Physical Limits to Improvement"):
The winning times for horses in classic races like the Kentucky
Derby have remained surprisingly static. Secretariat's
world-record-breaking Derby time of 1:59.25, for example, set in
1973, remains unsurpassed more than a quarter of a century later.
Monarchos, this year's Derby winner, clocked the second-fastest
winning time in history, running the race in 1:59.97, but still did
not break Secretariat's record.
The reasons, scientists say, may have to do both with the unique
physiology of the horse and the nature of the sport.
Horses are designed to run, their fleetness of foot having
evolved over millions of years as a strategy of escape from
predators. At one hour old, a foal is on its feet; at two hours, it
is ready to go. And the horse's natural running ability has been
nurtured and enhanced in thoroughbreds, which have been selectively
bred for racing since the 17th century.
So while people require years of training and daily practice,
thoroughbred racehorses enter the world much closer to their
performance limits, said Dr. James Rooney, an emeritus professor at
the University of Kentucky and an expert on equine
"The human is not, from the point of view of construction, a
particularly good thing to start with and be an athlete," Dr.
Rooney said. "But the horse is born to be an athlete. And the more
they learn about horse physiology, the more people begin to realize
that this animal has evolved to a certain point and you can't
change it very much."
Lest you gather from this that Thoroughbreds have reached
perfection, Loren Bolinger's 1998 article On the Manipulation of the Gene
Pool What's Best for the Thoroughbred?
-A Human Conceit, (once at
"http://www.sunshow.com/pool.html"), gone by 2004)"
raises a number of shortfalls in the history
of thoroughbred breeding. This include a reluctance to incorporate
female bloodlines until recent times, and disastrous destructive
inbreeding. These mistakes and shortfalls lead to Loren's question
on the wisdom of genetic manipulation:
The altruistic or otherwise tampering with the breed by
latter-day well-meaning horsemen with that most noble of mankind's
biological creations, the Thoroughbred horse, has largely been
ill-advised, ill-conceived, and fortunately, historically
relatively meaningless... Even with current advancements in
molecular cyto-genetics, can we be sure we are as wise as Mother
Nature? It would be a naive arrogance and a conceit to respond too
quickly with an all-knowing yes. Be assured there are plenty of
mysteries left to confound us. Are we so sure of ourselves or so
smart to want to attempt to manipulate the gene pool of the
Thoroughbred on any large scale? If such were the case, for what
factors would we select - would we be wise enough to know beyond
reasonable doubt the correctness of our decisions for the future of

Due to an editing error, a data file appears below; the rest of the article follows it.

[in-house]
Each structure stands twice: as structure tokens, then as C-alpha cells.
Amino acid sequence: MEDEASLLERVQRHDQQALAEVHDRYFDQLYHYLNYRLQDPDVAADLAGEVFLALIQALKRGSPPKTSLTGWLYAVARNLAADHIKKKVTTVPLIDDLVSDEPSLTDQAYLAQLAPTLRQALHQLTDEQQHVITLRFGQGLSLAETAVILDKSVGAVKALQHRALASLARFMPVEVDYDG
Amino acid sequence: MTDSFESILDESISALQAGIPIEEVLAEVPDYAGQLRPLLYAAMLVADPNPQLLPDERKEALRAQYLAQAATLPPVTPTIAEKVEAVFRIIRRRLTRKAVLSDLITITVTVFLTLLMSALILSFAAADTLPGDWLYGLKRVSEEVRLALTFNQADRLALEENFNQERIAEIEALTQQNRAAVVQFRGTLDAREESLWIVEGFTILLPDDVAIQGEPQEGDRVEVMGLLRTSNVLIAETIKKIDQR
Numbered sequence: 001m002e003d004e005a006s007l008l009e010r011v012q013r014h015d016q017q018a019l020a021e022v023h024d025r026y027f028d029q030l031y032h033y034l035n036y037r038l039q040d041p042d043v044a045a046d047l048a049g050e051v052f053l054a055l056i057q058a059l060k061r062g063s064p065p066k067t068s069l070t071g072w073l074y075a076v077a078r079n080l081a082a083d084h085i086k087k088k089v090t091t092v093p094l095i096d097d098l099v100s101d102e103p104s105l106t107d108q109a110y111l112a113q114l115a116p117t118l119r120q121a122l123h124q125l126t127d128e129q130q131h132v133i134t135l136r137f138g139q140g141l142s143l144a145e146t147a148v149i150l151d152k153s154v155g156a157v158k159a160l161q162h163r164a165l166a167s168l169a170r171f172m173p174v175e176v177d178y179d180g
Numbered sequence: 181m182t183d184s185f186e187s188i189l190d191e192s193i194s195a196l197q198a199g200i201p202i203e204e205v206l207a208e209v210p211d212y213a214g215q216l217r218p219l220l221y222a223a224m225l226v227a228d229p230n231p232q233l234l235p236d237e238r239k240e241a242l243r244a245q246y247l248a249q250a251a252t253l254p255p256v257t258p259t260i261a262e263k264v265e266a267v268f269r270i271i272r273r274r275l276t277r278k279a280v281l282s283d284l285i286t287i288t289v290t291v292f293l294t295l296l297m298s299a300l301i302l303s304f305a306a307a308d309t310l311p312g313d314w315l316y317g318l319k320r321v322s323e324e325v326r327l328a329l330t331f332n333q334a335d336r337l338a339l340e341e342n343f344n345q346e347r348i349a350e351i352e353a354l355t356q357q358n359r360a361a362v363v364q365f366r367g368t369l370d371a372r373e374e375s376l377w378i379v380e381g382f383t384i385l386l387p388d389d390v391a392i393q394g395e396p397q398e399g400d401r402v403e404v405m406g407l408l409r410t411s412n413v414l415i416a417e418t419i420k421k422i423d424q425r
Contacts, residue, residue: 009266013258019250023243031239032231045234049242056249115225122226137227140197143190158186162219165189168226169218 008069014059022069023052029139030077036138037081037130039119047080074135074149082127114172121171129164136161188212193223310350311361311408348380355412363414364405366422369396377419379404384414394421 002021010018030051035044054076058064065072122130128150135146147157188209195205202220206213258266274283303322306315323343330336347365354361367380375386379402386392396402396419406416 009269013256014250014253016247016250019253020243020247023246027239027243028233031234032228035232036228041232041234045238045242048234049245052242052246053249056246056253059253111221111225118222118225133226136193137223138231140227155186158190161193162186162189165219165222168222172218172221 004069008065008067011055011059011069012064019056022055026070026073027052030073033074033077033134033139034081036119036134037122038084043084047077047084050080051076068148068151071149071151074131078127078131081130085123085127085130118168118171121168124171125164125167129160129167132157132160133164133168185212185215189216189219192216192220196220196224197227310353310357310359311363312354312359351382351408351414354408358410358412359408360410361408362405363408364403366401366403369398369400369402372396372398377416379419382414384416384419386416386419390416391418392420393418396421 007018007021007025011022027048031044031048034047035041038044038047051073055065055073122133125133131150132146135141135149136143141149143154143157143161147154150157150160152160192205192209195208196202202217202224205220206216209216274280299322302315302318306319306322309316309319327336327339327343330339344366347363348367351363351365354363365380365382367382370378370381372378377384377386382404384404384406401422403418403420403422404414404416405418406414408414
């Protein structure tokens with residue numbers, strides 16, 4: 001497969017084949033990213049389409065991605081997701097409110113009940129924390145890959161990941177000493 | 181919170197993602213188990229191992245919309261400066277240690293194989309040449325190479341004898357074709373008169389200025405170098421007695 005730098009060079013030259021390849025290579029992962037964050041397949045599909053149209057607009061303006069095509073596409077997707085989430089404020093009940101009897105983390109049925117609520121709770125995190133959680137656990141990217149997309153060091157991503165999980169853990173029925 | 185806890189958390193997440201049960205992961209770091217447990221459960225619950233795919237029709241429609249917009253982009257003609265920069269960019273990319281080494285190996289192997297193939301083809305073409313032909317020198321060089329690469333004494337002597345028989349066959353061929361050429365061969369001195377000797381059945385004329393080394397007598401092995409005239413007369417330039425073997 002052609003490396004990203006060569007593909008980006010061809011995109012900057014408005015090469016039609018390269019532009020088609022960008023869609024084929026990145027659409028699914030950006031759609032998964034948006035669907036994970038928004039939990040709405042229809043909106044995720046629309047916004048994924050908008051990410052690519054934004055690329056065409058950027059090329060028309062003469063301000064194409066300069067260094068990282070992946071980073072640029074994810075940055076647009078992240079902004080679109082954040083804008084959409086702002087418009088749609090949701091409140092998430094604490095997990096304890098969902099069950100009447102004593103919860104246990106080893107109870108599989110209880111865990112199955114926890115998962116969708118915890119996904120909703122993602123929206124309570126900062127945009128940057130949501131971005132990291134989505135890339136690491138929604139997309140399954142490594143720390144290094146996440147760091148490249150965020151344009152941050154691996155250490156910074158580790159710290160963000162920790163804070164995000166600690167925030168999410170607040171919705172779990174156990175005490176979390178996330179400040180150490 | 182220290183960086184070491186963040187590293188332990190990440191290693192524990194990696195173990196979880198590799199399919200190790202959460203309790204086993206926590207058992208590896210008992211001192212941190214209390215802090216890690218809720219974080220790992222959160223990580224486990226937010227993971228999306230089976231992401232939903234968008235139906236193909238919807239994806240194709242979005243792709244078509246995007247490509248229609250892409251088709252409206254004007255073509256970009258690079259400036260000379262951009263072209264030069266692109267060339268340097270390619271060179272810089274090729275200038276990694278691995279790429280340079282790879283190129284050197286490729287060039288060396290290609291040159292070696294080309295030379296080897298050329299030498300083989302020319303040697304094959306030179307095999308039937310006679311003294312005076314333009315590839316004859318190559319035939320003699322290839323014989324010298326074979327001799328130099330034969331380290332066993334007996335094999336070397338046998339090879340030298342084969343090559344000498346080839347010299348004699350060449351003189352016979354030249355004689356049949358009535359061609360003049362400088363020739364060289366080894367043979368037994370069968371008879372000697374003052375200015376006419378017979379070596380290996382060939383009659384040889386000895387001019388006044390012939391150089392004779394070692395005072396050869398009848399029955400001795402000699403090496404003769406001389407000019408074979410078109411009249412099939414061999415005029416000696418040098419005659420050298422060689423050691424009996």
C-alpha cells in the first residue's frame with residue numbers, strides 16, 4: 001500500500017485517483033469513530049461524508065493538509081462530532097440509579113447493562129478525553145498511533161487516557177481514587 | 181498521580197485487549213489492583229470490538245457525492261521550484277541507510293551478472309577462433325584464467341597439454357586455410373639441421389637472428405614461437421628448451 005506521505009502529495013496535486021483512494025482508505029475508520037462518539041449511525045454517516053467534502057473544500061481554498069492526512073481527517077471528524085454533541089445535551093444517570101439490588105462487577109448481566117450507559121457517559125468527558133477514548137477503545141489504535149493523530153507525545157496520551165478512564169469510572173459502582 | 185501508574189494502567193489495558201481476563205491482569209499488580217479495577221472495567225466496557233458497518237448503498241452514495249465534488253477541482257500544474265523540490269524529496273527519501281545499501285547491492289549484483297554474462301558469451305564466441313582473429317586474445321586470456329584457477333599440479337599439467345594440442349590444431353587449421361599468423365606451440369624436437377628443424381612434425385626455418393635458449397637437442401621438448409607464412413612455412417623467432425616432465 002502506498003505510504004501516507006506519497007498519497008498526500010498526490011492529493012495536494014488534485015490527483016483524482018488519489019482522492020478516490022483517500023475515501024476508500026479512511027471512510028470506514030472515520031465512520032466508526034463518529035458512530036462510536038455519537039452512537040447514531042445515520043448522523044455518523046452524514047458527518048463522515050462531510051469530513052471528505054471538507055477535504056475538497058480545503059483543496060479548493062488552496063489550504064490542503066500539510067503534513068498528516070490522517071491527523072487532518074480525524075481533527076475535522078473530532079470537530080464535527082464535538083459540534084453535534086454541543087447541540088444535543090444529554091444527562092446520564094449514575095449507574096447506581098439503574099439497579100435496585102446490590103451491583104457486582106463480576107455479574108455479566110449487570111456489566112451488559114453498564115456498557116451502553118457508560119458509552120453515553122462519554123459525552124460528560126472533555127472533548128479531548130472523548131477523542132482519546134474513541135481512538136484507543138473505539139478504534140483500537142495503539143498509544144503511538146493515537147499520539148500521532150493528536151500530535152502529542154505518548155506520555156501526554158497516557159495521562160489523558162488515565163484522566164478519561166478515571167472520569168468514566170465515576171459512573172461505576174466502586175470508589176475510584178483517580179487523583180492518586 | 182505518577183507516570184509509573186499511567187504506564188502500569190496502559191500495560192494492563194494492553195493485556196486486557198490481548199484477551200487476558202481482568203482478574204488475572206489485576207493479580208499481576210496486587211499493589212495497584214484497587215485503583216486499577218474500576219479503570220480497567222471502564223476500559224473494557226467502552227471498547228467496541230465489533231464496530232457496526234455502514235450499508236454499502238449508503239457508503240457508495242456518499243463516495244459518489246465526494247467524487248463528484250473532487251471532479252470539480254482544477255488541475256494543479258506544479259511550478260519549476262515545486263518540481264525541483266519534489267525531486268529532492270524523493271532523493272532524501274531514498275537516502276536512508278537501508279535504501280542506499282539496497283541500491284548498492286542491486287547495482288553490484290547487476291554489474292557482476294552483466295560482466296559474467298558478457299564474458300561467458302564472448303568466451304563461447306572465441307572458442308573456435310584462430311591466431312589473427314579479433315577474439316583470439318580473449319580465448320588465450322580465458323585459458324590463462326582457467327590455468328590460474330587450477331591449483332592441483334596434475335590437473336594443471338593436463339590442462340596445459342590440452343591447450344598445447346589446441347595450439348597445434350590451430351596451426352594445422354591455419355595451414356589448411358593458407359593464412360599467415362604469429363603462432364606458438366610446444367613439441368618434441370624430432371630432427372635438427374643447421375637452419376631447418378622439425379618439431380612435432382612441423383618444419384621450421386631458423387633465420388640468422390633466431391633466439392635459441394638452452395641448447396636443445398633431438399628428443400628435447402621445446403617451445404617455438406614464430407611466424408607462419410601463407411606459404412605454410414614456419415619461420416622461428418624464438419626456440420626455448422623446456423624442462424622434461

It does not seem reasonable to expect human performance to
improve forever and ever, when it's clear that human efforts -
including selective breeding over hundreds of years - has not been
able to achieve that for racehorses - does it ? Have we learned
enough from the mistakes in thoroughbred selective breeding to not
make even more disastrous mistakes with human athletic inbreeding ?
Today's panacea, Genetic manipulation, may turn out to be hi-tech
Interestingly, thoroughbreds continue to be raced while records
no longer fall. Financial support for genetic manipulation of
horses was so little that researchers have had great difficulty in
funding the Horse Genome
Project. The horse racing industry is not convinced of its
Racing is about competition - which is beating the other horse,
not necessarily winning world records. Thoroughbread racing is also
a lot about gambling, and that doesn't require record-breaking.
Eventually, the human 100 m sprint will get to that !
Mathematics of Logistic Equation
For there to be a performance limit, we need the Performance
P(t) function to reach a limit at some future time - with no
further change. The objective function is then:
dP/dt = 0 ...(1)
There clearly has to be a limit - even if it is the no-time-flat
value of Plimit(t®¥) = 0.
We don't know what sort of function to use for dP/dt. Let's
postulate that it might be some function of the current performance
level (so that we can use current performance to predict future
dP/dt = f(P) = 0 ...(2)
The Taylor series expansion of any function f(P) gives:
dP/dt = bP + dP2 + gP3 + .... ...(3)
Let's take to equation 3 with Occam's Razor. Using one term of
the taylor series expansion for f(P) gives an exponentially
increasing performance - and can't satisfy the objective (1) of
reaching a limit (except for the trivial case of b = 0, which implies no change at all)
Taking the first two terms of the taylor series expansion is the
simplest approximation to f(P) that will permit a non-trivial
solution to (1).
dP/dt = bP + dP2 ...(4)
Solving (2) and (4) gives
0 = Plimit ( b + dPlimit )
b + dPlimit= 0
Plimit = - b /d ...(5a)
Plimit >= 0
we would expect that b >= 0 and d <= 0 in equation (9).
The solution to the differential equation in (4) is given is
Summary: The logistic equation is the simplest
mathematical model that captures a process of change that reaches a
Applications of Logistic
The Solver feature of Microsoft Excel can be used to to fit data
to the solution to (4). Instructions for this can be found on
further discussion of the Logistic
Equation, which includes application to fitting Australia's
population growth and links to applications to airport growth
Airport Growth for Sydney Airports shows how well the logistic
model has predicted growth at Sydney's KSA airport (in comparison
with exponential estimates and experts' guesses).
An in depth discussion of modelling the growth of foot and mouth
disease with a logistic equation can be found here. For
application of logistic equations to the 2003 SARS epidemics in
Hong Kong, Singapore and Canada see Forecasting